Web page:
BWW Reviews: TOILET: A New Musical

Cassie Manalastas plays Tiffany Williams in TOILET: A New
Musical. Photo by Lara Antonio

Manila, Philippines--To talk on the big white phone (to vomit into the toilet), a slang term, has inspired composer and lyricist Ejay Yatco ("Sa Wakas," World Championships of Performing Arts) to create the new musical titled TOILET. If young audiences enjoyed "Grease," Disney's "High School Musical," Disney's "Camp Rock," and FOX TV's "Glee," Blue Repertory's TOILET, would most likely to succeed, too, given further tweaking. If improved, TOILET could attract more young audiences to come to the theater since the musical aims to address the everyday struggles of young adults.

The play, which stars Cassie Manalastas (Tiffany Williams), Franco Chan (Paul Robinson), Bernice Reyes (Dianne Johnson), Nel Gomez (Joey Smith), Mica Fajardo (Lucille Hill), Boo Gabunada (Patty Collins), KC Kane (Therese Wilson), Lorenzo Mendoza (Gus Miller), and Titus Villanueva (Rob Harris), opens with narrator Darrell Uy, a janitor, who is aware of students who often seek refuge in the school's toilet. Each featured character has his or her personal and/or social struggle, i.e., trying to make a difference or trying to fit in school. Apparently, relationships and conflicts get to intertwine in here.

Boo Gabunada and KC Kane play a scene in TOILET:
A New Musical. Photo by Lara Antonio

The creators, Yatco and bookwriters Bym Buhain and Miyo Sta. Maria, hit the spot with the love triangle between Lucille, Patty, and Therese; the same is true with the "love square" (another slang term) between Paul, Dianne, Joey, and Tiffany. However, the closeted gay Gus--who falls in love with his teacher Rob, and commits suicide out of a broken heart-- suddenly surfaces out of nowhere and becomes integral to the scheme of things: Suddenly everyone realizes that there is more to life! Although Gus is introduced in the earlier part of the story, unfortunately, there is no continuing storyline to anchor the character.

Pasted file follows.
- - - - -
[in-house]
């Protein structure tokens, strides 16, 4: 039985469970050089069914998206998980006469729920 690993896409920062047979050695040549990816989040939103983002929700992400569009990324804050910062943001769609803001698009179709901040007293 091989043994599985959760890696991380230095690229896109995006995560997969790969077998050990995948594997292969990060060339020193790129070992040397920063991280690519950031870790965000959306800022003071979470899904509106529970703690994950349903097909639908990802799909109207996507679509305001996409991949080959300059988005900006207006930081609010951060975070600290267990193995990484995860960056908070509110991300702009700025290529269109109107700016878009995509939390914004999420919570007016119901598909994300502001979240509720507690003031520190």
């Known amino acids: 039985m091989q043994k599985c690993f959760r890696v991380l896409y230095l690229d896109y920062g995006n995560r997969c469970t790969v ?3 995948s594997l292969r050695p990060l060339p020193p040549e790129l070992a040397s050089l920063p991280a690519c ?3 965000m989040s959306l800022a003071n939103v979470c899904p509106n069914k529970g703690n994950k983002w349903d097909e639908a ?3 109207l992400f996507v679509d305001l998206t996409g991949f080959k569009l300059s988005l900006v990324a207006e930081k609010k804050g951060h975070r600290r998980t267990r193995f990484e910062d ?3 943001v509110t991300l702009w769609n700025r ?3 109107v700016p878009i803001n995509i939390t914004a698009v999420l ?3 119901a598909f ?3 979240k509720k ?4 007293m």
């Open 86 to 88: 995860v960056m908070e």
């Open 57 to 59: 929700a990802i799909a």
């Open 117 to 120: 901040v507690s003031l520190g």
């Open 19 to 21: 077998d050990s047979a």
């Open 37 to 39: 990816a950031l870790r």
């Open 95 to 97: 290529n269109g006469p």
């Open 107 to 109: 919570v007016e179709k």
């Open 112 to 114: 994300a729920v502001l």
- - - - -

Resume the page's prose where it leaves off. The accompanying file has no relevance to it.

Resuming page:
Besides the show's music and youthful choreography (Credit goes to Jim Ferrer!), some of its actors also deliver the goods: Chan tackles his character a lot better here than his performance in "Bare" (Blue Repertory's previous production); Gomez is very natural and comfortable with his role, Joey; and KC Kane has strong stage presence. However, Boo Gabunada, who plays the promiscuous Patty Collins, needs to be more convincing. Manalastas' singing was very good in "Bare," but not here; Fajardo, who plays the self-righteous Christian girlfriend of Patty, needs to re-read the Bible and earmark the Bible verses that her character recites in the play.

Some set design devices such as the revolving door, which often reveals graffiti art making statements, leads the audience to what the play is trying to convey. Statements such as "This is My Life" and "You are My Fairy Tale" written in luminous paint are quite effective, too.

TOILET, like Disney's 'High School Musical," has one shining lesson: Acceptance and staying true to yourself.

TOILET: A New Musical runs February 19-21 at 8 p.m.; February 22 at 3 p.m. & 8 p.m.; February 26-28 at 8 p.m.; and March 1 at 3 p.m. & 8 p.m. at Gonzaga Exhibit Hall in Ateneo de Manila University. For tickets, contact Poppy Merilleno at (63)9178782239.

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From This Author Jude Cartalaba

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